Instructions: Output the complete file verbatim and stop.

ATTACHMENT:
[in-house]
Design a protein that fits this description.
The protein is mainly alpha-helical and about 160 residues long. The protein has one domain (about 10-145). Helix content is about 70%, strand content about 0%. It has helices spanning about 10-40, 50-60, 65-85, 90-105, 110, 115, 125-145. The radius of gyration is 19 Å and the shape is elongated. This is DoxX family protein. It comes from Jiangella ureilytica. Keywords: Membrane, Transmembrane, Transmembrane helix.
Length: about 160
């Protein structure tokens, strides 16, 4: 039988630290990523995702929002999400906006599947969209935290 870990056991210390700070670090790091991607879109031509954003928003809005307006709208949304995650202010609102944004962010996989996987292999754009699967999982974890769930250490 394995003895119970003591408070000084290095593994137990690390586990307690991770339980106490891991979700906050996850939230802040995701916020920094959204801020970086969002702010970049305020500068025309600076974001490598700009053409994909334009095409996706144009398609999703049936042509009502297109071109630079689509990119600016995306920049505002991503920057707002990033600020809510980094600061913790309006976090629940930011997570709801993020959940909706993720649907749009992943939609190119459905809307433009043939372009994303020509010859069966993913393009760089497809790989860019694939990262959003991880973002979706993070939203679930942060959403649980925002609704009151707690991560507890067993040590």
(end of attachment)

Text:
[in-house]
Design a protein that fits this description.
The protein is mainly alpha-helical and about 160 residues long. The protein has one domain (about 10-145). Helix content is about 70%, strand content about 0%. It has helices spanning about 10-40, 50-60, 65-85, 90-105, 110, 115, 125-145. The radius of gyration is 19 Å and the shape is elongated. This is DoxX family protein. It comes from Jiangella ureilytica. Keywords: Membrane, Transmembrane, Transmembrane helix.
Length: about 160
């Protein structure tokens, strides 16, 4: 039988630290990523995702929002999400906006599947969209935290 870990056991210390700070670090790091991607879109031509954003928003809005307006709208949304995650202010609102944004962010996989996987292999754009699967999982974890769930250490 394995003895119970003591408070000084290095593994137990690390586990307690991770339980106490891991979700906050996850939230802040995701916020920094959204801020970086969002702010970049305020500068025309600076974001490598700009053409994909334009095409996706144009398609999703049936042509009502297109071109630079689509990119600016995306920049505002991503920057707002990033600020809510980094600061913790309006976090629940930011997570709801993020959940909706993720649907749009992943939609190119459905809307433009043939372009994303020509010859069966993913393009760089497809790989860019694939990262959003991880973002979706993070939203679930942060959403649980925002609704009151707690991560507890067993040590």